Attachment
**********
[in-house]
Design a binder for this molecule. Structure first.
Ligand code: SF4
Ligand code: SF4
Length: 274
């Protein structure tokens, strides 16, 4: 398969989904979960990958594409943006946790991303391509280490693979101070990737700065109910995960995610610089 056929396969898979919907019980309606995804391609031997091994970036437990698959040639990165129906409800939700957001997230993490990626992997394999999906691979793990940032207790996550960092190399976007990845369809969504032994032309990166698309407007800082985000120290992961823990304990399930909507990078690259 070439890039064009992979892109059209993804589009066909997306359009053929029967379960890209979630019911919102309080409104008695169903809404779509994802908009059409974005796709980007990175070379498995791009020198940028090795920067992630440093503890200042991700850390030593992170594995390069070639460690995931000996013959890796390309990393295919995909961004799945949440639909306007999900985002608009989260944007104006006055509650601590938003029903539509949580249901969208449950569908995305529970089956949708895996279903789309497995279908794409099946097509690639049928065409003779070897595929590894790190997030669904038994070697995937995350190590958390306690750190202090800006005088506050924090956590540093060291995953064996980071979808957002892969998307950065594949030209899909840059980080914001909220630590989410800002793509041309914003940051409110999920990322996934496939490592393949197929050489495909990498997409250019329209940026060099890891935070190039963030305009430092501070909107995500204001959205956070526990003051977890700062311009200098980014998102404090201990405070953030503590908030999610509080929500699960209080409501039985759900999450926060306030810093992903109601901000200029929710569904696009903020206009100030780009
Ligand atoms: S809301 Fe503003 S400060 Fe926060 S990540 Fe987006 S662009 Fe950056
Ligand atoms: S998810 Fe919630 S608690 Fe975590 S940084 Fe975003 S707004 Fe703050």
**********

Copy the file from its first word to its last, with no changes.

[in-house]
Design a binder for this molecule. Structure first.
Ligand code: SF4
Ligand code: SF4
Length: 274
């Protein structure tokens, strides 16, 4: 398969989904979960990958594409943006946790991303391509280490693979101070990737700065109910995960995610610089 056929396969898979919907019980309606995804391609031997091994970036437990698959040639990165129906409800939700957001997230993490990626992997394999999906691979793990940032207790996550960092190399976007990845369809969504032994032309990166698309407007800082985000120290992961823990304990399930909507990078690259 070439890039064009992979892109059209993804589009066909997306359009053929029967379960890209979630019911919102309080409104008695169903809404779509994802908009059409974005796709980007990175070379498995791009020198940028090795920067992630440093503890200042991700850390030593992170594995390069070639460690995931000996013959890796390309990393295919995909961004799945949440639909306007999900985002608009989260944007104006006055509650601590938003029903539509949580249901969208449950569908995305529970089956949708895996279903789309497995279908794409099946097509690639049928065409003779070897595929590894790190997030669904038994070697995937995350190590958390306690750190202090800006005088506050924090956590540093060291995953064996980071979808957002892969998307950065594949030209899909840059980080914001909220630590989410800002793509041309914003940051409110999920990322996934496939490592393949197929050489495909990498997409250019329209940026060099890891935070190039963030305009430092501070909107995500204001959205956070526990003051977890700062311009200098980014998102404090201990405070953030503590908030999610509080929500699960209080409501039985759900999450926060306030810093992903109601901000200029929710569904696009903020206009100030780009
Ligand atoms: S809301 Fe503003 S400060 Fe926060 S990540 Fe987006 S662009 Fe950056
Ligand atoms: S998810 Fe919630 S608690 Fe975590 S940084 Fe975003 S707004 Fe703050």